Below is an excerpt of the article, “Subscription to Success,” from Fortune Magazine’s May Fortune 500 edition.
When public health restrictions sent the global economy into a tailspin this year, companies of all stripes were suddenly reminded how important customer retention is to revenue, margins, and even solvency. What might have gone unnoticed, however, is how one fast-growing business model has made revenue ultra-resilient across a host of industries, even in an unprecedented economic storm.
The “subscription economy,” a term trademarked by Zuora, a Redwood City, Calif.–based provider of cloud-based software for subscription-based businesses, is modeled around customers opting to receive repeat fulfillment of everything from dinner to digital content. Across the globe, 7,000 companies sell subscription boxes, according to the Subscription Trade Association (SUBTA). And that number doesn’t include providers of many other subscription types, such as streaming services or wholesale club access.
Fueling the proliferation of subscription-based strategies is what Zuora calls “the end of ownership.” Fifty-seven percent of adults wish they could own less “stuff,” according to a 2019 Harris Poll commissioned by Zuora. Seventy percent believe subscribing to products and services frees them from burdens such as maintenance, clutter, and declining value.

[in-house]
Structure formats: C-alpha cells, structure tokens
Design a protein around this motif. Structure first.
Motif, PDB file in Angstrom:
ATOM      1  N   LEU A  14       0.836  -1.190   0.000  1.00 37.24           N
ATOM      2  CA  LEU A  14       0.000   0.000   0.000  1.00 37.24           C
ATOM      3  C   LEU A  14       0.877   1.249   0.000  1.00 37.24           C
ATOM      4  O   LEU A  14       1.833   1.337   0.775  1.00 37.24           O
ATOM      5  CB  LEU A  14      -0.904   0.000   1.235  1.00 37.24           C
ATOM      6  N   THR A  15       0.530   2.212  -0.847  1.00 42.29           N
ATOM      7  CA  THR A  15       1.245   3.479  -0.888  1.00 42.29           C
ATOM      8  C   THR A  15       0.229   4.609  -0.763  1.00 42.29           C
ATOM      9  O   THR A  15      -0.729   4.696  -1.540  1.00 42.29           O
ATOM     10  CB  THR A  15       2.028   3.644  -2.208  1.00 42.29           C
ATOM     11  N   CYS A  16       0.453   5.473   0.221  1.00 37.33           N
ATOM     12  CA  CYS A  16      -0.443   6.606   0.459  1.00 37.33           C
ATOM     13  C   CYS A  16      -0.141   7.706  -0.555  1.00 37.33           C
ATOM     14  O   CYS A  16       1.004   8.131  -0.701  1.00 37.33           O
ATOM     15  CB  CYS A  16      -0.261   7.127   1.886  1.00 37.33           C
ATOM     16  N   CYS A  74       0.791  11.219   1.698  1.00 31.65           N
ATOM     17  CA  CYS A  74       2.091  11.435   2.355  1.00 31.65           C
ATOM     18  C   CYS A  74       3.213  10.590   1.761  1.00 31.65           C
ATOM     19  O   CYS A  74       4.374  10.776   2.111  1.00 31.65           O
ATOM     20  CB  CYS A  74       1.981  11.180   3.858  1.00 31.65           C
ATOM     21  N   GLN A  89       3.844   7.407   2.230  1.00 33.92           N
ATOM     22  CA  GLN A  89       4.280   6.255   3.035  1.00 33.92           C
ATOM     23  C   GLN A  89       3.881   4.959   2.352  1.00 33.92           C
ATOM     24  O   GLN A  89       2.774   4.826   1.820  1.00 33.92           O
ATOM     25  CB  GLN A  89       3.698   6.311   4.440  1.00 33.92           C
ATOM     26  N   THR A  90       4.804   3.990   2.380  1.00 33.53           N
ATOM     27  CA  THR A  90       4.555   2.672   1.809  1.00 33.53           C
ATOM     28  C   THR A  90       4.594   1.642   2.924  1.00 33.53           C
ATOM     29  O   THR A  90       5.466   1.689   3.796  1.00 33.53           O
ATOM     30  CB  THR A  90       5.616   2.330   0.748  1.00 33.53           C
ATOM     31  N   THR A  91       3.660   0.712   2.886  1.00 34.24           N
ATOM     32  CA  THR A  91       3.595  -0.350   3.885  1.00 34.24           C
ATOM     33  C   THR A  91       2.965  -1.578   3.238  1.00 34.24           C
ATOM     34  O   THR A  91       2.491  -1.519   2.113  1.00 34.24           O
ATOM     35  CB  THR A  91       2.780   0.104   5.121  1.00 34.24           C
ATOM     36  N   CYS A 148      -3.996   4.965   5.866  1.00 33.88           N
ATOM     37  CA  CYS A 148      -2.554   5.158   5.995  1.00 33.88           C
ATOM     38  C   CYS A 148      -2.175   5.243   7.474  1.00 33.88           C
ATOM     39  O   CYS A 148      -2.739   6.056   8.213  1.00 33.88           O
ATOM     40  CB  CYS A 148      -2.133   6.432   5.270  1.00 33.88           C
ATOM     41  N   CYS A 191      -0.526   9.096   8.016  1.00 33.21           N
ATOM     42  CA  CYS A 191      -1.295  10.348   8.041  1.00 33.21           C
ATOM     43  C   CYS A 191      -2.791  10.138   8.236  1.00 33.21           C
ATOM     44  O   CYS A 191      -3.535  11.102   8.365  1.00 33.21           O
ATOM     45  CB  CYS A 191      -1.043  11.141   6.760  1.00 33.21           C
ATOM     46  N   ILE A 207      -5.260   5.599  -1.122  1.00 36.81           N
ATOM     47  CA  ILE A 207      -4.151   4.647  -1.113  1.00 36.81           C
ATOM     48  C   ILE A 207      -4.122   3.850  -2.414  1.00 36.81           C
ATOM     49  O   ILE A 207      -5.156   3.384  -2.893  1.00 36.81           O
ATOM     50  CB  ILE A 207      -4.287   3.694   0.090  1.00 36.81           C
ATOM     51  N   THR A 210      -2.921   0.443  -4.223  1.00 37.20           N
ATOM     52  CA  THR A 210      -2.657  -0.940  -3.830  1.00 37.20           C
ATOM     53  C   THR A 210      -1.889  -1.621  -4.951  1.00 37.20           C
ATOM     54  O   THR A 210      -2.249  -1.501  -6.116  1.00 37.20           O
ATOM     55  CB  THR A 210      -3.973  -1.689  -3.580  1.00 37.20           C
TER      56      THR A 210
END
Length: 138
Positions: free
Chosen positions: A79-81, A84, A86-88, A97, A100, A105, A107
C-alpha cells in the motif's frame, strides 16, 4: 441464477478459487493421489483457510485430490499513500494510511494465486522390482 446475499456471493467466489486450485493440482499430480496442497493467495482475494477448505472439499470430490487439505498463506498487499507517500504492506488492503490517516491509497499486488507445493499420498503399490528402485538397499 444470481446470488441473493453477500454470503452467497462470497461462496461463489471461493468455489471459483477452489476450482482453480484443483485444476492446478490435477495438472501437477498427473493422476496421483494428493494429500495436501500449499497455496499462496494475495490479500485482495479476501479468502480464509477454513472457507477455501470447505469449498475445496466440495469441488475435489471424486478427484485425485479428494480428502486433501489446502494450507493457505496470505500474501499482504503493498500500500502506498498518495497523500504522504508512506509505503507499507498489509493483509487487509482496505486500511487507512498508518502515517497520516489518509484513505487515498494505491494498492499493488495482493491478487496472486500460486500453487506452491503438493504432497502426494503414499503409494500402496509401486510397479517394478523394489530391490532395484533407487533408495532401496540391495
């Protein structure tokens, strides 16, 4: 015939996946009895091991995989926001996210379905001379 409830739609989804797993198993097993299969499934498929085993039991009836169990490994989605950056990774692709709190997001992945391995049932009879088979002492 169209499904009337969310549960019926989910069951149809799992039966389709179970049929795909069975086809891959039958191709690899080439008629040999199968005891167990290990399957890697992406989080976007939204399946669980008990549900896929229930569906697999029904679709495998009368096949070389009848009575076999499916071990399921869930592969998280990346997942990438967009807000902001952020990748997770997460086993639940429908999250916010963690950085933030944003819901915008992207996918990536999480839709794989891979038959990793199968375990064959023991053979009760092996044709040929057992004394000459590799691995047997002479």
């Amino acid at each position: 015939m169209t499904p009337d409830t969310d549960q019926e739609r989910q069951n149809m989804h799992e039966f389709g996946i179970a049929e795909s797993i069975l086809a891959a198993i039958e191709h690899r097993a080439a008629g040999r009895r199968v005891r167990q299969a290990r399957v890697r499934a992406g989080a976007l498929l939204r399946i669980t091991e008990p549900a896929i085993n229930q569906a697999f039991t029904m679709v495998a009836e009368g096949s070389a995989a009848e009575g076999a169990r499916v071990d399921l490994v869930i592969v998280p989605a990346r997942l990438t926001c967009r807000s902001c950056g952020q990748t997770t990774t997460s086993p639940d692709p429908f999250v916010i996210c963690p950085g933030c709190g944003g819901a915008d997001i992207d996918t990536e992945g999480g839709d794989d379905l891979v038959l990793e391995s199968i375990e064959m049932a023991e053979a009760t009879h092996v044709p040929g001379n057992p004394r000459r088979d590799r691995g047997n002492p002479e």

“Today’s consumer is more focused on usership than ownership,” says SUBTA CEO Paul Chambers. “More and more companies are coming online to fulfi ll that consumer’s needs, including some they maybe didn’t know they had.” Cultivating subscriptions has become a ticket to growth. Zuora’s Subscription Economy Index, which tracks sales of subscription-based businesses, found an 18.2% compound annual growth rate from January 2012 to June 2019. (That’s compared to 3.6% for S&P 500 companies and 3.7% for U.S. retail.) Companies with subscriber-based revenue streams account for 18% of all credit card sales, or about $7.38 trillion, according to SUBTA’s annual report.
“Subscription businesses tend to be more resilient,” says Zuora founder and CEO Tien Tzuo. “Having predictable, recurring revenue winds up being a huge competitive advantage. All your customers aren’t going to cancel next month—it’s just not going to happen.”
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